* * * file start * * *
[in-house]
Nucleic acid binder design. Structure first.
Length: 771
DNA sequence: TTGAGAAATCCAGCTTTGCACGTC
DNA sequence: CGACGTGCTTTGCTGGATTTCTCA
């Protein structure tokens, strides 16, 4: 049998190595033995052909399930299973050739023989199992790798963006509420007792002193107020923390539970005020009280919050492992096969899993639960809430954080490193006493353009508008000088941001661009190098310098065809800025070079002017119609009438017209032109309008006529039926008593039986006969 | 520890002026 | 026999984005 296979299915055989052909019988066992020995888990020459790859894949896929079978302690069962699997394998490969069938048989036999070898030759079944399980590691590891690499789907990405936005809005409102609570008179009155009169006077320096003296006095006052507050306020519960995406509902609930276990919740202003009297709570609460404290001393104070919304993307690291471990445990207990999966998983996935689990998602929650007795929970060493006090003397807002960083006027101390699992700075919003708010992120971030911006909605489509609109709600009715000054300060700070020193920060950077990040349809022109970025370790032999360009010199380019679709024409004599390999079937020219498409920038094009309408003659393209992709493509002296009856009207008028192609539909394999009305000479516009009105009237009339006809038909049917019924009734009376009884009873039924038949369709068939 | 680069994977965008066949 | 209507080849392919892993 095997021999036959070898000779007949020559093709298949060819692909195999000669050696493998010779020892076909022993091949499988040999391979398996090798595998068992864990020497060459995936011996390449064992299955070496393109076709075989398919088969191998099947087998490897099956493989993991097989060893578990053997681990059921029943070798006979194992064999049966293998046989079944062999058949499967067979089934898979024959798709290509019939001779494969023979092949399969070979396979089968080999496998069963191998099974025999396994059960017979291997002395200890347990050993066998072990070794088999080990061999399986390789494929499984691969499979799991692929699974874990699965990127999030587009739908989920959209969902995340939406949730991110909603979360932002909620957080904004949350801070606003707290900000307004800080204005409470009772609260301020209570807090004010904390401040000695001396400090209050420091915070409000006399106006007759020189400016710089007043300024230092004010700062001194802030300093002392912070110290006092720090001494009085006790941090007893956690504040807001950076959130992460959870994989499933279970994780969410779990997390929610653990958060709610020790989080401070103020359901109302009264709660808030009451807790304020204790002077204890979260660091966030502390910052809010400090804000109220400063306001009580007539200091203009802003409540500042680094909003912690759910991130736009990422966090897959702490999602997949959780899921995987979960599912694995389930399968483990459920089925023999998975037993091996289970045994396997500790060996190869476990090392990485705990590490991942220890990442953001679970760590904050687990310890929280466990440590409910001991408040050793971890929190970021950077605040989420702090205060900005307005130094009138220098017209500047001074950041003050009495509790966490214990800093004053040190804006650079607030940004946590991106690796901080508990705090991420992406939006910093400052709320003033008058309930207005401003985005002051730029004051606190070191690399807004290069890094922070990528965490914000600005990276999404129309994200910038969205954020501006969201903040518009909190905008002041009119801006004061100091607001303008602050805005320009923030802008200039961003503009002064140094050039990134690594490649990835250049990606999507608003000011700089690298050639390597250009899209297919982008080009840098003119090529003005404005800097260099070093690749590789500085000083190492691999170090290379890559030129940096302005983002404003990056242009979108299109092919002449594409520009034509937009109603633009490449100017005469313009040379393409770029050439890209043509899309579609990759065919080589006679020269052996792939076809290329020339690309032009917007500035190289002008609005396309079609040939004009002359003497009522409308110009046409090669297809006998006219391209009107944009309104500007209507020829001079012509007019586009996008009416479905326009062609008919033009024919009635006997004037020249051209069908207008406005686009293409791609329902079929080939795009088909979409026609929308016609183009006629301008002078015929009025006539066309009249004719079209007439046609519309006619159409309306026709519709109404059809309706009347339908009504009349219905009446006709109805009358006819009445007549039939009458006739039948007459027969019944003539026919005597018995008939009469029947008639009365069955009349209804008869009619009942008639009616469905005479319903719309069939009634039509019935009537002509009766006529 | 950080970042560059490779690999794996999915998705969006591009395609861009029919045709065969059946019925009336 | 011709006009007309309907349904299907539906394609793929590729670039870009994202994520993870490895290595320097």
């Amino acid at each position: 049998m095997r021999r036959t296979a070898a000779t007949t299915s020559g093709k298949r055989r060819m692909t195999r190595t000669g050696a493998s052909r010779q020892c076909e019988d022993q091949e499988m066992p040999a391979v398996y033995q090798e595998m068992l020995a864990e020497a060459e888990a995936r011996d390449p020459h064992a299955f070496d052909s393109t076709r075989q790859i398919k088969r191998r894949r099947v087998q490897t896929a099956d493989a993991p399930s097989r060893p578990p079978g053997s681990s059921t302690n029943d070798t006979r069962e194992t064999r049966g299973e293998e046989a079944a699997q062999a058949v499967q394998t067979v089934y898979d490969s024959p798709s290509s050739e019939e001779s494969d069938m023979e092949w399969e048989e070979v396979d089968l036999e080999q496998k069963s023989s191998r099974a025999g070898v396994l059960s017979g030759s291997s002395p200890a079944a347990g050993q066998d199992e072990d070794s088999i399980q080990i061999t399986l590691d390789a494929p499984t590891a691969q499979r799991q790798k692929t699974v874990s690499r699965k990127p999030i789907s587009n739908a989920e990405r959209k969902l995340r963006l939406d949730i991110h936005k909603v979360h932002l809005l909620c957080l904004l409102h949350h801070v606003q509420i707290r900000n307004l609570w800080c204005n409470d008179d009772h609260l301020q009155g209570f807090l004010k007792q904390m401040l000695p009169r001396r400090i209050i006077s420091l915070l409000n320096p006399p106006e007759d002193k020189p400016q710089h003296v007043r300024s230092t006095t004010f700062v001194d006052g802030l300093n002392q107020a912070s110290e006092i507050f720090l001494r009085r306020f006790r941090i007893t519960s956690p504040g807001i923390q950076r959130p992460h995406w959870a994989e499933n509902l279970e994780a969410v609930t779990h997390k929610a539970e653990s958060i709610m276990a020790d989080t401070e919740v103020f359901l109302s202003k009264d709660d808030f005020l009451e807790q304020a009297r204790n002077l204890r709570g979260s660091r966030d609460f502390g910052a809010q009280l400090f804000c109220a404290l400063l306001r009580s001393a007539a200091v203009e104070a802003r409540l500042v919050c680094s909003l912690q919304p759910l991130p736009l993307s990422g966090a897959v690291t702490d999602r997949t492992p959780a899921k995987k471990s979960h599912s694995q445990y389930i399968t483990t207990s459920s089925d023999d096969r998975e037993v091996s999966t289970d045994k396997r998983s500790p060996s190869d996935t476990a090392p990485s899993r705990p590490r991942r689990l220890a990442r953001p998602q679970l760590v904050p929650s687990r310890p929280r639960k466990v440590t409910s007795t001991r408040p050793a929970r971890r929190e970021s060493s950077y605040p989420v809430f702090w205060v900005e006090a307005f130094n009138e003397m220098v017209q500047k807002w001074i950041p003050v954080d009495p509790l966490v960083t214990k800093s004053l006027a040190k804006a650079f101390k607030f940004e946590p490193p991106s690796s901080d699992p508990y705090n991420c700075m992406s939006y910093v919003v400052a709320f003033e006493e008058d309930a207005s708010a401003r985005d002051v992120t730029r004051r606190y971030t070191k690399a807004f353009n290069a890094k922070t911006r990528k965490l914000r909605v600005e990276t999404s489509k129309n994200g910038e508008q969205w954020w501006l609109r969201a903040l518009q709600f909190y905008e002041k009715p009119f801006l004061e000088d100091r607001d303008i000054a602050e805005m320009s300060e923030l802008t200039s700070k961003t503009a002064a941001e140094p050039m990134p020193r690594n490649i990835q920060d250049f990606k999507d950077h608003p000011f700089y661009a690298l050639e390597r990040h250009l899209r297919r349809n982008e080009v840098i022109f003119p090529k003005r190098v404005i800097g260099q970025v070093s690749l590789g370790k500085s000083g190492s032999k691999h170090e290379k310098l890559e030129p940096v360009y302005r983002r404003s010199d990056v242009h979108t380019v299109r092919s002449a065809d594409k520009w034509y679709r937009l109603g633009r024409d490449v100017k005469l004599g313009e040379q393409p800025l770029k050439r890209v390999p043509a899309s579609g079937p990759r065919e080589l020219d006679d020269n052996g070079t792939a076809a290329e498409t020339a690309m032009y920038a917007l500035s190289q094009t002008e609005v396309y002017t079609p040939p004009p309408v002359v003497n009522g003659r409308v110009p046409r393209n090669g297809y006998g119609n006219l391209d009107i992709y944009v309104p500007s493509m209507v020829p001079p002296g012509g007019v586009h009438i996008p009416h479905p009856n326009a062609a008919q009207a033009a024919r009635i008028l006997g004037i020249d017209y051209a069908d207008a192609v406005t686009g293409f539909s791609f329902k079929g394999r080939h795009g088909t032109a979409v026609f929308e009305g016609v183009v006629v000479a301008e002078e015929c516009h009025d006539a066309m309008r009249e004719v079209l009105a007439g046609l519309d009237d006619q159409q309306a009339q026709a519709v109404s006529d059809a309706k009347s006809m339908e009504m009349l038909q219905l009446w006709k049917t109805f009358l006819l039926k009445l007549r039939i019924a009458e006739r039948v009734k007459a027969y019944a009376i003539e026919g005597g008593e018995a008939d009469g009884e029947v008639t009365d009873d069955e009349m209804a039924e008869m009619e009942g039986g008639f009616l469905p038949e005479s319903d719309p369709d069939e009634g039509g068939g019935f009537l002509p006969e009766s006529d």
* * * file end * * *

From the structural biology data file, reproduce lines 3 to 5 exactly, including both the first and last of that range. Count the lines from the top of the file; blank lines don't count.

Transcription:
Length: 771
DNA sequence: TTGAGAAATCCAGCTTTGCACGTC
DNA sequence: CGACGTGCTTTGCTGGATTTCTCA